Mini-Me: Fukushima Getting Worse!

Who?  Mini-Me?

Who? Mini-Me?

Huh?

Fukushima: Bad and Getting Worse

Global Physicians Issue Scathing Critique of UN Report on Fukushima

by JOHN LaFORGE

CounterPunch, Weekend Edition July 18-20, 2014

There is broad disagreement over the amounts and effects of radiation exposure due to the triple reactor meltdowns after the 2011 Great East-Japan Earthquake and tsunami. The International Physicians for the Prevention of Nuclear War (IPPNW) joined the controversy June 4, with a 27-page “Critical Analysis of the UNSCEAR Report ‘Levels and effects of radiation exposures due to the nuclear accident after the 2011 Great East-Japan Earthquake and tsunami.’”

IPPNW is the Nobel Peace Prize winning global federation of doctors working for “a healthier, safer and more peaceful world.” The group has adopted a highly critical view of nuclear power because as it says, “A world without nuclear weapons will only be possible if we also phase out nuclear energy.”

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Jean Lievens: Helsinki’s Plan to End Car Ownership

Jean Lievens

Jean Lievens

Helsinki’s ambitious plan to make car ownership pointless in 10 years

Finland’s capital hopes a ‘mobility on demand’ system that integrates all forms of shared and public transport in a single payment network could essentially render private cars obsolete

EXTRACT

Helsinki aims to transcend conventional public transport by allowing people to purchase mobility in real time, straight from their smartphones. The hope is to furnish riders with an array of options so cheap, flexible and well-coordinated that it becomes competitive with private car ownership not merely on cost, but on convenience and ease of use.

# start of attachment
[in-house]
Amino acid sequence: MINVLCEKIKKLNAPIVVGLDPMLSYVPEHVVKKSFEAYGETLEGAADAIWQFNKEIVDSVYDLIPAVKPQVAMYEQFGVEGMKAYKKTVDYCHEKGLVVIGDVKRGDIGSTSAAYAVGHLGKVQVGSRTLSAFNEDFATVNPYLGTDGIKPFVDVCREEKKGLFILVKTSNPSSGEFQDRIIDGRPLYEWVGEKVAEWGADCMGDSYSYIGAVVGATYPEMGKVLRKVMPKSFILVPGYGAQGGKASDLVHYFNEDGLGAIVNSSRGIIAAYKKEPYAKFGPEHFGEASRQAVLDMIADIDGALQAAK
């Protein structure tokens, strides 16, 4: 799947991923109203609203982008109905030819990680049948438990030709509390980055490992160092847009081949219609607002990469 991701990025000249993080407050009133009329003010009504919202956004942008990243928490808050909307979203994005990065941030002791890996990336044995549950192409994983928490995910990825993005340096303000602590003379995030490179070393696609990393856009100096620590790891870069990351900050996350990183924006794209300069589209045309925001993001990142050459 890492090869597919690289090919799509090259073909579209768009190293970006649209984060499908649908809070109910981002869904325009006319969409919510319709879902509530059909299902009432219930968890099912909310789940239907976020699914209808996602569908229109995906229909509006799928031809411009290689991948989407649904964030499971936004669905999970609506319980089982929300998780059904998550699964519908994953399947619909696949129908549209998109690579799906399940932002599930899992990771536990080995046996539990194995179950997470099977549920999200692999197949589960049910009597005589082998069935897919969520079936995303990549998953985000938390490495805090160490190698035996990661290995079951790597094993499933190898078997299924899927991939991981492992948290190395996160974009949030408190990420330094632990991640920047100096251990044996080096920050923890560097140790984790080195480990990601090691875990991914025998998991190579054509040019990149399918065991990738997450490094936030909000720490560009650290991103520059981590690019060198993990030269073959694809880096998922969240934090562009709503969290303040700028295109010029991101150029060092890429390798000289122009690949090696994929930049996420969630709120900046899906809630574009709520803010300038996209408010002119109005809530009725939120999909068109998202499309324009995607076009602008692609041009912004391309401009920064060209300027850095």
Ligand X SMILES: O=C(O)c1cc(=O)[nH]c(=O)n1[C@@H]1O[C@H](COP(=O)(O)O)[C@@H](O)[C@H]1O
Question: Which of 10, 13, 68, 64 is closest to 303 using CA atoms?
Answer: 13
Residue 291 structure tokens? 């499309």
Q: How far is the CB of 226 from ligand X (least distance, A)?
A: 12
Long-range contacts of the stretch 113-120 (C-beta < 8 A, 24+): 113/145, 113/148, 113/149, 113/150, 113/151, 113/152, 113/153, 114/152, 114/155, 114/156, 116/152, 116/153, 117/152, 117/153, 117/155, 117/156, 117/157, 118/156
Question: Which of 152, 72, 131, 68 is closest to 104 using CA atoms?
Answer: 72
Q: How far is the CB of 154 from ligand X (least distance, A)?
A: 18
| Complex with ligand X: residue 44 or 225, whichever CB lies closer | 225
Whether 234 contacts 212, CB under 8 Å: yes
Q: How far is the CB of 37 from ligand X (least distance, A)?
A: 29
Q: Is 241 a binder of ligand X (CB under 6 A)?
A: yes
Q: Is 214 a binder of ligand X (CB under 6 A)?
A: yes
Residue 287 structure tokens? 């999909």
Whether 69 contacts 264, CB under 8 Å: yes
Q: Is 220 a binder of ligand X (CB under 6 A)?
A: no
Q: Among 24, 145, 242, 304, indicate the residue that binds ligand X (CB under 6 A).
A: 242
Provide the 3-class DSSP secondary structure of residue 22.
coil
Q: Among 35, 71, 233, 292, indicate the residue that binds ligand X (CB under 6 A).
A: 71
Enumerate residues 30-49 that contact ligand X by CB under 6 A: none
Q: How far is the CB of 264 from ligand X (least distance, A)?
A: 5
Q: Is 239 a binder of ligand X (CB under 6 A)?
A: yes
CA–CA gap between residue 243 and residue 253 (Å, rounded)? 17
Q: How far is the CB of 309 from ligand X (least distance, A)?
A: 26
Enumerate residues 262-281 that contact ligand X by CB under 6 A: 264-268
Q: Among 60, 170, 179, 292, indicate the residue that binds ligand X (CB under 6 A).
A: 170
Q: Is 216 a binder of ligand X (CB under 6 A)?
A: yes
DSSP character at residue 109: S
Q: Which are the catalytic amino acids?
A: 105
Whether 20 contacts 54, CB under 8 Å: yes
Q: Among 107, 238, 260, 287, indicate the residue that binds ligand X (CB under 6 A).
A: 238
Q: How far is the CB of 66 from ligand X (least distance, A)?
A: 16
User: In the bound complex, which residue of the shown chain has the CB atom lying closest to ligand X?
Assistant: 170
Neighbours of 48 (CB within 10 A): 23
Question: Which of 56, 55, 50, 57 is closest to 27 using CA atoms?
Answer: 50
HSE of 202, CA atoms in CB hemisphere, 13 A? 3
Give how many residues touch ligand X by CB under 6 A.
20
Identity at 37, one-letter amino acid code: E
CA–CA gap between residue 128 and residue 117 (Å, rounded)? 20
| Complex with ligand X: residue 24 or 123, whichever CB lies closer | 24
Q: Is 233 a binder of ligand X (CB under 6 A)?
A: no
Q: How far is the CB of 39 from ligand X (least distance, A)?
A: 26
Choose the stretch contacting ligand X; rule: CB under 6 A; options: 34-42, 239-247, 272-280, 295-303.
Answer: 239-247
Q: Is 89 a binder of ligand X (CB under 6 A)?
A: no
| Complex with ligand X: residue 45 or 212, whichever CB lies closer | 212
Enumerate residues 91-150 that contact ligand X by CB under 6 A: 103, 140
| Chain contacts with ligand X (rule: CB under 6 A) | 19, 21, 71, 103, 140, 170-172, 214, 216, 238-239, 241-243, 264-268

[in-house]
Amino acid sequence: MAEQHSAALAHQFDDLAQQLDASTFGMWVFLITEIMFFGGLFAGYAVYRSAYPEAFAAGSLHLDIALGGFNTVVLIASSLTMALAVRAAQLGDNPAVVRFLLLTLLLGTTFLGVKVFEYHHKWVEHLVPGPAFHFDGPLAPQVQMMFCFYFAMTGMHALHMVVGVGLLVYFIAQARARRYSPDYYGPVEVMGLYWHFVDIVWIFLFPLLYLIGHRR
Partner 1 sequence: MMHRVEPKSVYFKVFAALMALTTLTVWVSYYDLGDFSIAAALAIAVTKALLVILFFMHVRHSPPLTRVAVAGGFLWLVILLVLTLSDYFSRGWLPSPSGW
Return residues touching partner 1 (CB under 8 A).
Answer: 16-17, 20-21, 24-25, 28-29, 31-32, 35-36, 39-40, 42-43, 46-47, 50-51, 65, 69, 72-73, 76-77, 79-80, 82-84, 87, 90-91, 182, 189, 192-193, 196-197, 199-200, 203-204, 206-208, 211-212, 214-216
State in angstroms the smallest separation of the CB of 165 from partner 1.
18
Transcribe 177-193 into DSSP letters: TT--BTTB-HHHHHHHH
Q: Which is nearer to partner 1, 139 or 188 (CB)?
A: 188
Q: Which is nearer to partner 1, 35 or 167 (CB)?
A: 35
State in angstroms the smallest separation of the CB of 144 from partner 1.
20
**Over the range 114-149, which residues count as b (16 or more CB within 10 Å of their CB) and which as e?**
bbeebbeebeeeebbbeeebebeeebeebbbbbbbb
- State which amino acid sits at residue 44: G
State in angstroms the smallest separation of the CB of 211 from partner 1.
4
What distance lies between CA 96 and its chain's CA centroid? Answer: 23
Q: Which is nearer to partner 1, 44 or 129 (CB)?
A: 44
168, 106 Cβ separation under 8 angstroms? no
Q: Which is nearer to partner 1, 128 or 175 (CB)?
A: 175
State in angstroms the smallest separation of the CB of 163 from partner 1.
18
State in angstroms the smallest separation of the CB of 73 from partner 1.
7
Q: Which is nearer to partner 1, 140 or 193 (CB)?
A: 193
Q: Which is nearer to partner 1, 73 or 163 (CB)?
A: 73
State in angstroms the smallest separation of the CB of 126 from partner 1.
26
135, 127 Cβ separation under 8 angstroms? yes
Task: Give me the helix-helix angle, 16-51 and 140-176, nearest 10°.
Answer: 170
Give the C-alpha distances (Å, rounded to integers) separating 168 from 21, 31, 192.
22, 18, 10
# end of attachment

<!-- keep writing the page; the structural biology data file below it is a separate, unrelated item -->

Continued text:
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Penguin: Russia Zeros Out Petrodollar

Who, Me?

Who, Me?

Russia turns its back on the petrodollar

The Russians are actually making a move against the petrodollar. It appears that they are quite serious about their de-dollarization strategy. The largest natural gas producer on the planet, Gazprom, has signed agreements with some of their biggest customers to switch payments for natural gas from U.S. dollars to euros. And Gazprom would have never done this without the full approval of the Russian government, because the Russian government holds a majority stake in Gazprom. There hasn’t been a word about this from the big mainstream news networks in the United States, but this is huge. When you are talking about Gazprom, you are talking about a company that is absolutely massive. It is one of the largest companies in the entire world and it makes up 8 percent of Russian GDP all by itself. It holds 18 percent of the natural gas reserves of the entire planet, and it is also a very large oil producer. So for Gazprom to make a move like this is extremely significant.

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